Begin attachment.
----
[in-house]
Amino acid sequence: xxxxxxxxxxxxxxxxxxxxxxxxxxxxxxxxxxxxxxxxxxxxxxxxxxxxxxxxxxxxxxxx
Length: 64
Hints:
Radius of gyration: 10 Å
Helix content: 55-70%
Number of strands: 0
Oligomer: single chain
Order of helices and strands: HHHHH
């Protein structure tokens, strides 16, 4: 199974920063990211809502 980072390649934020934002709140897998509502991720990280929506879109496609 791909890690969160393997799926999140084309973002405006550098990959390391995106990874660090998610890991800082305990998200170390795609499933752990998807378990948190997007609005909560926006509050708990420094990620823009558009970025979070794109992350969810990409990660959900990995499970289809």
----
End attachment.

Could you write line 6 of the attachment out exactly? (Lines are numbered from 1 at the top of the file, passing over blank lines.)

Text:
Helix content: 55-70%